Leather industry gung-ho over global demand


Leather industry gung-ho over global demand

Dhaka , Feb 19: The country’s tanneries and leather and leather goods makers are putting on warpaint to battle for more orders in the international markets. The latest data published on the website of Export Promotion Bureau (EPB) shows that the country’s leather export earnings rose 29.94 per cent to US $149.46 million, in the last seven months of the fiscal 2010-11, as against $115.02 million in the corresponding period of the previous year. The EPB’s data revealed that leather goods exports, during the period between July 2010 and January 2011, were to the tune of $149.46 million, which is 8.46 per cent lower than the target of $163.28 million.

An analysis of the EPB data showed that the country’s leather product export earnings were forging ahead due to growing international demand for Bangladeshi leather products, mainly for quality and cheaper prices. But in terms of export earnings leather products lag far behind finished leather.

According to the statistical data of EPB, the country earned $31.40 million through exports of leather products during the July 2010-January 2011 period; the earning was 62.11 per more than the targeted figure of $19.37 million.

During the last seven months of the current fiscal, exporters of leather products registered 145.70 per cent earnings growth over that in the corresponding period of the previous year.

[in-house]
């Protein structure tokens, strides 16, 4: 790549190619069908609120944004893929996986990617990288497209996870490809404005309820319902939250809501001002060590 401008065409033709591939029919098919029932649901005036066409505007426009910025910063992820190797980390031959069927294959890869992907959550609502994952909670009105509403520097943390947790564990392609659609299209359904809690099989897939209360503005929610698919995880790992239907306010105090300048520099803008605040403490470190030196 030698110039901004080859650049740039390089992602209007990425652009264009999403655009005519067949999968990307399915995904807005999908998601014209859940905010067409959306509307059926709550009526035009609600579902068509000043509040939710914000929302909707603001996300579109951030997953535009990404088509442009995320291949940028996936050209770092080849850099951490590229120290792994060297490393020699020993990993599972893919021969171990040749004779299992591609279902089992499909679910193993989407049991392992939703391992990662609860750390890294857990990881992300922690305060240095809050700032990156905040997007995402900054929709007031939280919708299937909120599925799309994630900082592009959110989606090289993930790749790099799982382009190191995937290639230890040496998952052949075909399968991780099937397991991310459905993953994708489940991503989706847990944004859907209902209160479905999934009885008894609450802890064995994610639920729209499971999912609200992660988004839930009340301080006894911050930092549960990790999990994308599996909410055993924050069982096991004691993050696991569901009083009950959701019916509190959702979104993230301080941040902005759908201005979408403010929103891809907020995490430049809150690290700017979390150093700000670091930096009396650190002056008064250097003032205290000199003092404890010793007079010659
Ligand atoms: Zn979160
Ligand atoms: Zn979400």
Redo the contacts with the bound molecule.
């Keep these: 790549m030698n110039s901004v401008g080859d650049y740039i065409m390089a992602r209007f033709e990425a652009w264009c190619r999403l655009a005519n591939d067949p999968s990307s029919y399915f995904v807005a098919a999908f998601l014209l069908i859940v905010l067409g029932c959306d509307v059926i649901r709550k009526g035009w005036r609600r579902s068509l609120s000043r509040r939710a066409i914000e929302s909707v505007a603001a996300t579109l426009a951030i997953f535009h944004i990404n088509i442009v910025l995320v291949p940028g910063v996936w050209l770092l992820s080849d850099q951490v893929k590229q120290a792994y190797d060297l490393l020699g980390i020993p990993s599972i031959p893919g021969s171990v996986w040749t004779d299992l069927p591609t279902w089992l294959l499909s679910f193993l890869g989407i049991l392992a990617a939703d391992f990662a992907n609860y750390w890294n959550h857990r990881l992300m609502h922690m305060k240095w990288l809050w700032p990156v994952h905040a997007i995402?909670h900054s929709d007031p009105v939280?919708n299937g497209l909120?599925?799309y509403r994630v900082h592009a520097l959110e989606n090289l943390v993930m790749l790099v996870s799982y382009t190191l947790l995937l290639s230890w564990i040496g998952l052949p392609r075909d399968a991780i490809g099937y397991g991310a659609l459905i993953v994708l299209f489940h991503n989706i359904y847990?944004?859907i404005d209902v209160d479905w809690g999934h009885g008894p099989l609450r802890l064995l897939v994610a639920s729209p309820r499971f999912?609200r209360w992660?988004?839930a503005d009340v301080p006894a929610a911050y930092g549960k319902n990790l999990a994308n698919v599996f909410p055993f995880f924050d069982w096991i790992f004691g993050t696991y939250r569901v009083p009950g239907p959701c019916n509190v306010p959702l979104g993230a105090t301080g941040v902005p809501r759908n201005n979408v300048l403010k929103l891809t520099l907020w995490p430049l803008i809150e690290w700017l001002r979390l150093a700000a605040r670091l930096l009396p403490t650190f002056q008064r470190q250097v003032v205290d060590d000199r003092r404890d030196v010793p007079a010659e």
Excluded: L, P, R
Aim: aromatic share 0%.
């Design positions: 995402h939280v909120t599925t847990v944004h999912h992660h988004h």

Md. Saiful Islam, president of Leather Goods and Footwear Manufacturers and Exporters Association of Bangladesh (LFMEAB), told The Independent that the country’s tanners and leather product producers are witnessing demand for their finished leather and leather goods in the international market.

Islam said the leather industry is cashing in on the Chaina+1 strategy, which tells foreign importers to pick Bangladeshi products as they have quality and cheaper prices.

“Our local leather products are better than China’s in terms of quality and prices; these factors help win the confidence of foreign buyers,” he added.

Md. Sahin Ahmed, chairman of Bangladesh Tanners Association, told The Independent that the country’s export earnings from finished leather went through ups and downs during the past few years, but now they are expected to increase.  “Export earnings from leather products are still so much skimpy compared to those from finished leather due to lack of modern technology and skilled workforce,” he said.

“Many investors would invest in the leather industry of Bangladesh if bank loans with low interest rate, uninterrupted supply of gas and electricity and good institutions to train workers were ensured,” said an official of Bangladesh Finished Leather and Leather goods and Footwear Exporters Association (BFLLFEA).

“Despite having a leather technology college, we do not get sufficient numbers of skilled workers for the sector due to the shortage of teachers,” the official said.


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